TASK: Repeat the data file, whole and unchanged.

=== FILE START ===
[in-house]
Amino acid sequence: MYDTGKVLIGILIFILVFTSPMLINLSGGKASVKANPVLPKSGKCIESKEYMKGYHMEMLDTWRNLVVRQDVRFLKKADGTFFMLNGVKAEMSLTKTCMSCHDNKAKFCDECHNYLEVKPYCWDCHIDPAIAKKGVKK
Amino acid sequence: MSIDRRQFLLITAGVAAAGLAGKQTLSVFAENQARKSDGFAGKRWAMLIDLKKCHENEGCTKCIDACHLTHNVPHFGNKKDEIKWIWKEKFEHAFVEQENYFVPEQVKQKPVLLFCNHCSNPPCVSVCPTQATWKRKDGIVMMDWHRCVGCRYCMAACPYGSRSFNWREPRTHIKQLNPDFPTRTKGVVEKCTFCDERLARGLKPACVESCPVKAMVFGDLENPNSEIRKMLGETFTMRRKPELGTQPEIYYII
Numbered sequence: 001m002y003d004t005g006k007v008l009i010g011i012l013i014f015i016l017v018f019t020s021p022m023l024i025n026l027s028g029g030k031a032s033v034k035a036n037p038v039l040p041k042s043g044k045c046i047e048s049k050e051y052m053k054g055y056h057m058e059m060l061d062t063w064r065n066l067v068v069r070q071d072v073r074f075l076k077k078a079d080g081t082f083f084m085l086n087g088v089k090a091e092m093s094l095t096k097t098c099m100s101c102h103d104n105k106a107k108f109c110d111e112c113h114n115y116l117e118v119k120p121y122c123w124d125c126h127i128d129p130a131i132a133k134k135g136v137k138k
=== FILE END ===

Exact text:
[in-house]
Amino acid sequence: MYDTGKVLIGILIFILVFTSPMLINLSGGKASVKANPVLPKSGKCIESKEYMKGYHMEMLDTWRNLVVRQDVRFLKKADGTFFMLNGVKAEMSLTKTCMSCHDNKAKFCDECHNYLEVKPYCWDCHIDPAIAKKGVKK
Amino acid sequence: MSIDRRQFLLITAGVAAAGLAGKQTLSVFAENQARKSDGFAGKRWAMLIDLKKCHENEGCTKCIDACHLTHNVPHFGNKKDEIKWIWKEKFEHAFVEQENYFVPEQVKQKPVLLFCNHCSNPPCVSVCPTQATWKRKDGIVMMDWHRCVGCRYCMAACPYGSRSFNWREPRTHIKQLNPDFPTRTKGVVEKCTFCDERLARGLKPACVESCPVKAMVFGDLENPNSEIRKMLGETFTMRRKPELGTQPEIYYII
Numbered sequence: 001m002y003d004t005g006k007v008l009i010g011i012l013i014f015i016l017v018f019t020s021p022m023l024i025n026l027s028g029g030k031a032s033v034k035a036n037p038v039l040p041k042s043g044k045c046i047e048s049k050e051y052m053k054g055y056h057m058e059m060l061d062t063w064r065n066l067v068v069r070q071d072v073r074f075l076k077k078a079d080g081t082f083f084m085l086n087g088v089k090a091e092m093s094l095t096k097t098c099m100s101c102h103d104n105k106a107k108f109c110d111e112c113h114n115y116l117e118v119k120p121y122c123w124d125c126h127i128d129p130a131i132a133k134k135g136v137k138k